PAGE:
Tarsem (pronounced tar-SEM) Singh has directed such visually striking fantasies as Immortals, Mirror, Mirror and The Fall. Self/less, which will be released on July 10, 2015, is his first science fiction film, a thriller about a man whose personality is transplanted into another body. It goes without saying that he experiences ... complications.
Blastr spoke with Tarsem about the implications of personality transplant, his dislike of organ harvesting and what excited him about Self/less.
What about the script attracted you?
The groundedness and thriller element was basically what interested me. Organ transplants and harvesting are the creepiest things I can think of happening right now. But I didn't want to make it about organ transplant, because it couldn't up the ante as much as consciousness [transplants].
Do you think Self/less raises important issues about ethics and technology?
If you hurt people who aren't supposed to get hurt, it's called "collateral damage," and it doesn't sound that dreadful. When you go and get a kidney from somebody else ... it's called "harvesting," as if that person was growing the kidney along with the corn for you. In [Self/less], we just use "shedding." We're not going to call a spade a spade; we just end up using nomenclature. People change the nomenclature of something and come up with laws that justify anything you do. [The movie is] is taking an element of something that will happen in the future and trying to address it in the moralities of today. And people's morality are always a couple of years behind technology.
What made you decide to direct a science fiction film, rather than fantasy, for which you are known?
I had done four visual films back to back, and suddenly I realized that all everybody thought was, I'm the guy who does visual things. I thought very specifically, Let's look for something grounded now.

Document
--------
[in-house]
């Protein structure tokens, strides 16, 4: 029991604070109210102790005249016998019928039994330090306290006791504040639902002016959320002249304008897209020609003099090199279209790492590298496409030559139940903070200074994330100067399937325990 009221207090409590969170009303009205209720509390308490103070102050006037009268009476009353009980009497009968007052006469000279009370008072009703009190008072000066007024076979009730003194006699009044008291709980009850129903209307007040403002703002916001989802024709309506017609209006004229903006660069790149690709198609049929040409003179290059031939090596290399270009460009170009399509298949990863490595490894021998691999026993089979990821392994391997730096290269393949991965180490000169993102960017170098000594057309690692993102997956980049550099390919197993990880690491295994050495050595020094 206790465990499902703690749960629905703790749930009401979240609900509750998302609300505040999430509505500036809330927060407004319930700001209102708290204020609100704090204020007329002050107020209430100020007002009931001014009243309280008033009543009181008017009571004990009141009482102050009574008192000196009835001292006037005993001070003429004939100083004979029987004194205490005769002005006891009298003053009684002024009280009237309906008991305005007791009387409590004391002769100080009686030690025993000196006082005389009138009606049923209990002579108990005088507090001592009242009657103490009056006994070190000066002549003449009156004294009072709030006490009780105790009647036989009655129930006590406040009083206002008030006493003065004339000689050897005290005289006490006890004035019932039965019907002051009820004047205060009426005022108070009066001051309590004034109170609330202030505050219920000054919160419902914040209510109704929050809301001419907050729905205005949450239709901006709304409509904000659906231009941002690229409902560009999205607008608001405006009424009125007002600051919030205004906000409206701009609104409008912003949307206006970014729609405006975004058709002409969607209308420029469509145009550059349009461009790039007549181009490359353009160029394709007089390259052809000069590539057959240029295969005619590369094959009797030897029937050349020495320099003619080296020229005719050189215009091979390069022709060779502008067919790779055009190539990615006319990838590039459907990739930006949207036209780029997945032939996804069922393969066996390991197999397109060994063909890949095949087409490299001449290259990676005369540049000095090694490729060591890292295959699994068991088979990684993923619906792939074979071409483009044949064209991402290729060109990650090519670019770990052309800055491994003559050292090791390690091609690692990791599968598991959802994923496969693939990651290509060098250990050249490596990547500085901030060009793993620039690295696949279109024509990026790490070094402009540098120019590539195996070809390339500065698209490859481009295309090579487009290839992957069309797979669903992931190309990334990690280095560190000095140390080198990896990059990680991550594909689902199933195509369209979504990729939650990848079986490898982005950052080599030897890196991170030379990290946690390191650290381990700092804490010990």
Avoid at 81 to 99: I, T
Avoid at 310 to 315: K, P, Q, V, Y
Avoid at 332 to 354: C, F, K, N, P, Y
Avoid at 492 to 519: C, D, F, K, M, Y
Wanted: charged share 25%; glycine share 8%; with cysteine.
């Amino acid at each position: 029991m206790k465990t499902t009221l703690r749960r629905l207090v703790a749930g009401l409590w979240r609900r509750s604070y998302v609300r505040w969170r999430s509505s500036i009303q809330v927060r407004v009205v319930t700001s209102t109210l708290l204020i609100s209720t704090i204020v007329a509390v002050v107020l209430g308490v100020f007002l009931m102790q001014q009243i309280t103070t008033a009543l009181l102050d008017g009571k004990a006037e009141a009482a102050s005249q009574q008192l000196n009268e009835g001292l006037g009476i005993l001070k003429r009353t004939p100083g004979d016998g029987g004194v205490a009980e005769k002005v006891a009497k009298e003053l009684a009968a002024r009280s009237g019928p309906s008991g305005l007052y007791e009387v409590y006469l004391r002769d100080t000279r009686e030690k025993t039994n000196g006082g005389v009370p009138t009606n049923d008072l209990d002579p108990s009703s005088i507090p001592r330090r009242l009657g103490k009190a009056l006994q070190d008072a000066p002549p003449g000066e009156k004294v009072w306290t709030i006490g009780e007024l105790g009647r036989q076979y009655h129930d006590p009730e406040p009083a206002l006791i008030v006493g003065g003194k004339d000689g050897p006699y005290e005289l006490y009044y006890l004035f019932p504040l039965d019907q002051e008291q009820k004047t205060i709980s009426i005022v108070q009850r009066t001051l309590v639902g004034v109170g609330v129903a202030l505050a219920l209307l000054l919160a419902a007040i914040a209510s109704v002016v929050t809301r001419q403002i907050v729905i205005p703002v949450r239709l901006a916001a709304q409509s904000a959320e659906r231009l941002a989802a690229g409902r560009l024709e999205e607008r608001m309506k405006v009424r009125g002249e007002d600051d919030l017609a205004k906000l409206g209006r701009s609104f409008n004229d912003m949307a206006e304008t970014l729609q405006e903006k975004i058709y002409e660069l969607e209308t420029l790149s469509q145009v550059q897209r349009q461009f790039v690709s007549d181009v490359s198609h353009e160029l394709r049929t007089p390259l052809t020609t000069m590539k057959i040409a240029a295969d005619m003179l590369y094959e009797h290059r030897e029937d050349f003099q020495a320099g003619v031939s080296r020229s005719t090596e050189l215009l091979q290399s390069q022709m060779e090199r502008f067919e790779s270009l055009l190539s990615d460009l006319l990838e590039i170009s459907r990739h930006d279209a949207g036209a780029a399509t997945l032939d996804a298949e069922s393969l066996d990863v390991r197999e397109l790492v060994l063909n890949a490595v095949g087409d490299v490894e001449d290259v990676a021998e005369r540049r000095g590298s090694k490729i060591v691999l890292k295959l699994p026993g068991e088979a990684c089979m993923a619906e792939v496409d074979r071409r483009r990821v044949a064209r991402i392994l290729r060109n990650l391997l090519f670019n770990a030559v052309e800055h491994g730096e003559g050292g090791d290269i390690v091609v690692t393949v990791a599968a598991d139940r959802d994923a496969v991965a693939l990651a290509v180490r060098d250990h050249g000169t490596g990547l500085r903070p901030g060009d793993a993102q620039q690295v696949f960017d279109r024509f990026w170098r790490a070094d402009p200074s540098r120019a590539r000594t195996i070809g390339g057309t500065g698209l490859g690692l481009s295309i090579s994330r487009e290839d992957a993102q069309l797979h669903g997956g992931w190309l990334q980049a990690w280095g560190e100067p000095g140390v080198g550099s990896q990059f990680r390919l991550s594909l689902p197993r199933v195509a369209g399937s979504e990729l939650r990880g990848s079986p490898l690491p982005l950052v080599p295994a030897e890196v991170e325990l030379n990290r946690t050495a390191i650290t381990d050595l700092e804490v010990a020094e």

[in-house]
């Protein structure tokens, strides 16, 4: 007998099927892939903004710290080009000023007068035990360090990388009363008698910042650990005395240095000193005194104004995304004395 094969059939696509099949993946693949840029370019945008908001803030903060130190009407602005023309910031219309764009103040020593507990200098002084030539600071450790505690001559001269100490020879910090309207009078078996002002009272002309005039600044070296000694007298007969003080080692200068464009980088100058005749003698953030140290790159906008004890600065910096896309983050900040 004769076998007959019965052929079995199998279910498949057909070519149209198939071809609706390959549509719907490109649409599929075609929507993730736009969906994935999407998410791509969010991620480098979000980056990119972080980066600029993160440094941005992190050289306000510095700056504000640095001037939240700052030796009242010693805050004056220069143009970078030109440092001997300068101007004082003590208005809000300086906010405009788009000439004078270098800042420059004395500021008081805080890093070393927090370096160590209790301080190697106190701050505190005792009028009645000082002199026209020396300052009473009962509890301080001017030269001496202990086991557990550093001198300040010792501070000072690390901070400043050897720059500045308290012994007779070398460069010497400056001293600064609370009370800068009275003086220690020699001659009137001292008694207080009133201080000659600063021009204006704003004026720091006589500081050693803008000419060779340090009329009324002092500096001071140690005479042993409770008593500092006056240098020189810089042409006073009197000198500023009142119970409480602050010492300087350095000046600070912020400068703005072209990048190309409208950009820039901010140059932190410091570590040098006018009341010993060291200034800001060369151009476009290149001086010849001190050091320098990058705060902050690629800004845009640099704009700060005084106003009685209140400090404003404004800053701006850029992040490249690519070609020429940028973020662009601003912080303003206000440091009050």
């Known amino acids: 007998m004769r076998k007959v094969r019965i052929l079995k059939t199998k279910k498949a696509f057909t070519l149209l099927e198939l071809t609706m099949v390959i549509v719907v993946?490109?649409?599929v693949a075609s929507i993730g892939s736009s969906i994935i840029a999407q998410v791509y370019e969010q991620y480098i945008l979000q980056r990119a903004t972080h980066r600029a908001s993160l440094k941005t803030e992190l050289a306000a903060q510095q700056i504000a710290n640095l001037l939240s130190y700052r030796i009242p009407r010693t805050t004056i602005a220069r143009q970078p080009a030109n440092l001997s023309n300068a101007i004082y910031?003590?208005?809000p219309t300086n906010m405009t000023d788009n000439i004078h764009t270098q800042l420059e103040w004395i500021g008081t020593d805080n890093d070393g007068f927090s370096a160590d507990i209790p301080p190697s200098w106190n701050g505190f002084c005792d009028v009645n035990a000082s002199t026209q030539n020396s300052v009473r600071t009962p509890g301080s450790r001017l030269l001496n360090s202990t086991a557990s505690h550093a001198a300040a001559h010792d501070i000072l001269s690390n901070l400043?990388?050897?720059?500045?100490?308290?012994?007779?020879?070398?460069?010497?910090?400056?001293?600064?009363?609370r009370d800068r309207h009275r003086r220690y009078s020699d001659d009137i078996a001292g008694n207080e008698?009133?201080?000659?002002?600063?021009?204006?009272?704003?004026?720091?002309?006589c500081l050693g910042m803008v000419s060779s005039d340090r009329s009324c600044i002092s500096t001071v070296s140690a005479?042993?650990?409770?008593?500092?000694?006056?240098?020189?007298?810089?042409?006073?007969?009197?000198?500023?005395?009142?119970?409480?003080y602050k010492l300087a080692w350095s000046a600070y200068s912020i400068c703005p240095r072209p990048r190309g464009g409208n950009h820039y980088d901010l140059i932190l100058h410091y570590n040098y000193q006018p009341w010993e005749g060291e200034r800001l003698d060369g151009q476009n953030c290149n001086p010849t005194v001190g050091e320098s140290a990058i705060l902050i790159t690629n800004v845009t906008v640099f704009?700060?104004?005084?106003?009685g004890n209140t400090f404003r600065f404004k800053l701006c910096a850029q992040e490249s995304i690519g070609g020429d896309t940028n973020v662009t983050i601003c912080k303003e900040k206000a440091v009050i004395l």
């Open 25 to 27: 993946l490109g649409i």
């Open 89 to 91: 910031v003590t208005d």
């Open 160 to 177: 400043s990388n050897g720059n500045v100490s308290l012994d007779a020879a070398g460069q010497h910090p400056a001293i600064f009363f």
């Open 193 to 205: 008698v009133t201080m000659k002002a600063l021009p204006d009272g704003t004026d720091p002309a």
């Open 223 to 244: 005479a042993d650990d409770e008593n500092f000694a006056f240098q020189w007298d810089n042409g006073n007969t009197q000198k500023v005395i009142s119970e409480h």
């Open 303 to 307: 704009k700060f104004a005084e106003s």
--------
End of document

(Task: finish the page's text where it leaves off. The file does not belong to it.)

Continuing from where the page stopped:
But for a movie that emphasizes story rather than visuals, it's quite a pretty film.
There's a big difference between cinematic and fantastical. I tend to shoot things cinematically. The most cinematic person in our generation is Mark Romanek [Never Let Me Go and One Hour Photo], and he hasn't done a fantastical movie at all.
How realistic do you think Self/less is?
[Personality transplant is] going to happen, not in our generation, but in the next 40, 50, maybe even a hundred years. But it's something in the future that is definitely coming. You look at it and say, this could happen. I'm interested in the ramifications of that. It'll be nothing like the movie, but it will be about taking your consciousness into something.
What was it like working with Ben Kingsley, Ryan Reynolds and Matthew Goode?
Sir Ben Kingsley. I love the man. The most prepared person you'll ever meet. Like the cliche in jazz, [if] you learn the notes, you're allowed to improvise; if you haven't learned it, it doesn't work. He comes so prepared, you can take him any way you want. Matthew [Goode] comes up with a rhythm, and that's what he plays, and Ryan [Reynolds] is completely the opposite: It's all about reacting to the other person. [Their acting styles] worked in my favor. If you went to a place and said I would like a new body, design something for me, that is what they would draw: Ryan Reynolds, a person who has probably never heard no in his life from a woman, ever. A perfect male specimen.